One year after its attempt to forge a merger deal with Mellon Bank Corp., Bank of New York Co. is standing tall.
Very tall, in fact. The bank's market capitalization reached an all-time high of $31.1 billion last week, up 30% from a year earlier.
It is a significant milestone, said Thomas A. Renyi, Bank of New York's chairman and chief executive officer, and one that reflects the bank's carefully orchestrated efforts to sustain double-digit revenue growth, control expenses, manage its capital-and get the message out to Wall Street.
"We want to be one of the largest in market cap," Mr. Renyi said in an interview Friday. Bank of New York now ranks eighth among banks, up from 13th last year.
"The investment community is recognizing that we have a solid long-term strategy for independence," Mr. Renyi said. The larger market cap "does make us less vulnerable."
With that, the $65 billion-asset banking company seems to have put the Mellon episode to rest.
Bank of New York launched its campaign to woo Mellon shareholders with a $24 billion offer on April 22, 1998. A series of increasingly hostile public statements between the banks culminated May 19 with Mellon's rejection of Bank of New York's offer. Bank of New York officially withdrew its proposal May 20.
Mr. Renyi now says the bank is concentrating on building on the successes of its long-term strategy. Growth in the capital base has been one of four goals. The other three are bulking up capabilities in fee businesses like securities processing, enhancing the cross-selling potential of its business with corporations and institutions, and investing in technology.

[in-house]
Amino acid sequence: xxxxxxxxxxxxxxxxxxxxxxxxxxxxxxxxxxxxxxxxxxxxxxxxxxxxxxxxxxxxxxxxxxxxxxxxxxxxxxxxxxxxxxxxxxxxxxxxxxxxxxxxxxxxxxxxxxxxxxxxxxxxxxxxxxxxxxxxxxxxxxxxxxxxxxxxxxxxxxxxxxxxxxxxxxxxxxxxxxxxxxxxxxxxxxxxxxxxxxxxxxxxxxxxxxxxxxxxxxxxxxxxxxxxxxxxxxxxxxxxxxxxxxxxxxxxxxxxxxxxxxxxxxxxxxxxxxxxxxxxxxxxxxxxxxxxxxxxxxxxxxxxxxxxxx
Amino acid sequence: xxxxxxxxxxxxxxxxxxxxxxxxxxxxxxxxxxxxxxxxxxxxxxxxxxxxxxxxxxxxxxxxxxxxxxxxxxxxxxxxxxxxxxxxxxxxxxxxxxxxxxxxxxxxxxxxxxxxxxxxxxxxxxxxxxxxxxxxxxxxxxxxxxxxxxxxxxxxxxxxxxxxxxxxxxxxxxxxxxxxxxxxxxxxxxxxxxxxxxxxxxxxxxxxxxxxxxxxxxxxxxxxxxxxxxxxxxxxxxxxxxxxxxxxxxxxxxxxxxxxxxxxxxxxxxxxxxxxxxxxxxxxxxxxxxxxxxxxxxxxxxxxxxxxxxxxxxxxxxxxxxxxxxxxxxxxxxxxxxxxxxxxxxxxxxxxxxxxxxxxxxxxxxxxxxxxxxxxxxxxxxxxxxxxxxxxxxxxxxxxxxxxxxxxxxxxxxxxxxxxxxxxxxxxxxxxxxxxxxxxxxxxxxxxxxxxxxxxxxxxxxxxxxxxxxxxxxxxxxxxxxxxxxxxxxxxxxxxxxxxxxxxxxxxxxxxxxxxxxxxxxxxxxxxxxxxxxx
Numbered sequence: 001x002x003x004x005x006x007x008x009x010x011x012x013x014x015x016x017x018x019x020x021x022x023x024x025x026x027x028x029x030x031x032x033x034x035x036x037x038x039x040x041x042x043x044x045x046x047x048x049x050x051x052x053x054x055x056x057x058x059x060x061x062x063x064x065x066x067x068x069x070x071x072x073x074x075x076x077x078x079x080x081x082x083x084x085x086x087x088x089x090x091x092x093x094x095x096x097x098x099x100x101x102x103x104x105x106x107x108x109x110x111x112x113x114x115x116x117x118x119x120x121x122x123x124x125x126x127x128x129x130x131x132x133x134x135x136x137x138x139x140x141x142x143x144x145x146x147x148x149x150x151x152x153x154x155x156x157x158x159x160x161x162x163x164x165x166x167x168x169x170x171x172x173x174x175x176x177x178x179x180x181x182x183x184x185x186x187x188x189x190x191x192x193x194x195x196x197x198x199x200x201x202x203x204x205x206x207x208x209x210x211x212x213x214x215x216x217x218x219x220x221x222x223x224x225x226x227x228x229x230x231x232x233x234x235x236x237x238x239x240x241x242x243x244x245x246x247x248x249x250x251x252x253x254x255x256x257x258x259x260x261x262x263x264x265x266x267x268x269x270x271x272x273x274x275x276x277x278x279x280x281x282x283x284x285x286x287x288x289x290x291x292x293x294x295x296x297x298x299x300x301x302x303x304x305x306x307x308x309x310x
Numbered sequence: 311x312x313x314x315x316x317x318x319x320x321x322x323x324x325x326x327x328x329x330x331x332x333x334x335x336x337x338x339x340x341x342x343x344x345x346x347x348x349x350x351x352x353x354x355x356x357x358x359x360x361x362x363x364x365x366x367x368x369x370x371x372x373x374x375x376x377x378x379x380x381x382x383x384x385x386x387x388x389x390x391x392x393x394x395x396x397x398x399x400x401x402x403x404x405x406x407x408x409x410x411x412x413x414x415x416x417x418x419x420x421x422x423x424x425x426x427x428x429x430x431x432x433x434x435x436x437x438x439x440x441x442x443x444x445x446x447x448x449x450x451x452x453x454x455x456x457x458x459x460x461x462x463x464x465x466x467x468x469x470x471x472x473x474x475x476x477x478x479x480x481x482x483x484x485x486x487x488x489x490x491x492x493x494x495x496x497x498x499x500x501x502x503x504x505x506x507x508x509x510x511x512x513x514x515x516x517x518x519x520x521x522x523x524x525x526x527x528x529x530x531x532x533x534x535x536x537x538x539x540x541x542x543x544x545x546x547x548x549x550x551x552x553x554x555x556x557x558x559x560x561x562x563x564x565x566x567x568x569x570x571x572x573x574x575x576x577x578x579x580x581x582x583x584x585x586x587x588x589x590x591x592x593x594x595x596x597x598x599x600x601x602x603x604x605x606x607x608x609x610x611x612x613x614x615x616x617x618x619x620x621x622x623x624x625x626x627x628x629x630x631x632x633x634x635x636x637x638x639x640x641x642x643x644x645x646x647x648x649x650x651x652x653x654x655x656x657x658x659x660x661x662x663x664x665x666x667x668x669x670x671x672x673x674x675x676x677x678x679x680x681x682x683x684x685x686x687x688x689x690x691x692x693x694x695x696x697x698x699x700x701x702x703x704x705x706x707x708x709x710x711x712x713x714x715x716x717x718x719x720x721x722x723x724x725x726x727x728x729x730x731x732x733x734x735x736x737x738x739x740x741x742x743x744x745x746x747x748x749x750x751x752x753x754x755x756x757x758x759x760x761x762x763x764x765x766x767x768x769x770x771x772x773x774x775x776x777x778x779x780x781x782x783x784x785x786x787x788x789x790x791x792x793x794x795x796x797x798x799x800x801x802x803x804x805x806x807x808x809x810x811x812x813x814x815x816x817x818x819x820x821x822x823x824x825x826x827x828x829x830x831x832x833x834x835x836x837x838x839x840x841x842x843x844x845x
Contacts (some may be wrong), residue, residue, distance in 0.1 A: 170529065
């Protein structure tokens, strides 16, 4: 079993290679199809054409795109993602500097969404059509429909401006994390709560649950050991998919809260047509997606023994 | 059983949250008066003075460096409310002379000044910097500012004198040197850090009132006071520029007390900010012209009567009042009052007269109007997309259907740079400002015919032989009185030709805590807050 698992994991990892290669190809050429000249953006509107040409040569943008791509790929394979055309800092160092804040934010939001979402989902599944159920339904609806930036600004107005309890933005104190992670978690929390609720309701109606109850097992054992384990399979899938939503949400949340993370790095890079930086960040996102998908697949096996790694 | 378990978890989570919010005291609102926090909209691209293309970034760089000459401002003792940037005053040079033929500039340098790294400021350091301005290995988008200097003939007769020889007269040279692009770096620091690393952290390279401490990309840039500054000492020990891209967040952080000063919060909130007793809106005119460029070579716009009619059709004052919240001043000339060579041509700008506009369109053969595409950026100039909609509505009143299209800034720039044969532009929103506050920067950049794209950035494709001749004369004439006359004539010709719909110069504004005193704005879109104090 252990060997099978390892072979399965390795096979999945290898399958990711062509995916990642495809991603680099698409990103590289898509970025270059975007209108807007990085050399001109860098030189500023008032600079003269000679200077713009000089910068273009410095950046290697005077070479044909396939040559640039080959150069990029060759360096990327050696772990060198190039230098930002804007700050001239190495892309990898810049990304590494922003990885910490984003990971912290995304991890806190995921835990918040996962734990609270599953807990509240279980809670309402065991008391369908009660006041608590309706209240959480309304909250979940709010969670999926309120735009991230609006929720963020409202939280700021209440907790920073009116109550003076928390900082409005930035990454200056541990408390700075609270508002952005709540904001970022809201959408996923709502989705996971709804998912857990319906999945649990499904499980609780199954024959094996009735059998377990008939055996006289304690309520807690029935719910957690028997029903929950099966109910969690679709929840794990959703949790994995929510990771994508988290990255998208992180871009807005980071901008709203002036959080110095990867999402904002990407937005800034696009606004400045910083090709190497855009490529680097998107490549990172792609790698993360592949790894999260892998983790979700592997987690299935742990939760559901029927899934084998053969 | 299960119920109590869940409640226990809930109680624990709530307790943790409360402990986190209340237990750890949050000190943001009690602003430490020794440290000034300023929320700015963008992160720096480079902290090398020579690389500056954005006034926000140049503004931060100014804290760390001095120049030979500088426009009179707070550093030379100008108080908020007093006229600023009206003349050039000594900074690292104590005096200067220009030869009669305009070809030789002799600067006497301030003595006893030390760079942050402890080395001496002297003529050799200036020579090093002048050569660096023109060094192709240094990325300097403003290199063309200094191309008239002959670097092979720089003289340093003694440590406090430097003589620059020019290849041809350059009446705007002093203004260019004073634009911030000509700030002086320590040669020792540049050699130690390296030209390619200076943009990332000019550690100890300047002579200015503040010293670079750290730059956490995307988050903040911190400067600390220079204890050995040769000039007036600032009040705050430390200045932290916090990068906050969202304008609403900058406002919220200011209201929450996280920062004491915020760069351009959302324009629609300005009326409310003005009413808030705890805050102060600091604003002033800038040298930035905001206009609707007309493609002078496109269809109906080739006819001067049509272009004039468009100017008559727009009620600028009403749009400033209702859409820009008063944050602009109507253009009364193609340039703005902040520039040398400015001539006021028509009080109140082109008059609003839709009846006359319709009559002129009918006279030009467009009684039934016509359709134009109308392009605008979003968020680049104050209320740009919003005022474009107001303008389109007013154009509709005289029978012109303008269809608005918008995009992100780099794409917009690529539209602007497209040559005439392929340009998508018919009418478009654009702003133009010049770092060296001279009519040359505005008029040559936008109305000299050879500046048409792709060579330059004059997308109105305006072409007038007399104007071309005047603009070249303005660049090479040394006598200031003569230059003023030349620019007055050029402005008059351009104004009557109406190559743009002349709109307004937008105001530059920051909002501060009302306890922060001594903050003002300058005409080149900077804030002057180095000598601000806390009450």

Bank of New York has its sights on 14% to 16% revenue growth this year and 12% growth in earnings per share, Mr. Renyi said.
The bank's solid track record of double-digit growth makes it "an extremely desirable" target for other banks, said Carla D'Arista, an analyst at Friedman Billings Ramsey & Co. But Bank of New York has been considered more of a buyer, she and other analysts said
The bank made 11 acquisitions last year, five of them for securities processing portfolios. It has averaged eight deals a year in the last five years.
In March the bank said it would buy the custody and processing business of Royal Bank of Scotland in a deal that would vault it into a prime position for growth in Europe.
Most acquisitions are paid for in cash, but analysts said a stronger capital base gives Bank of New York more bargaining power with potential sellers.
"It gives them pricing power," said Stephen Biggar, an analyst at S&P Equity Research. "They are a company that's able to pay an attractive price because they are also able to get the synergies and the cost cuts."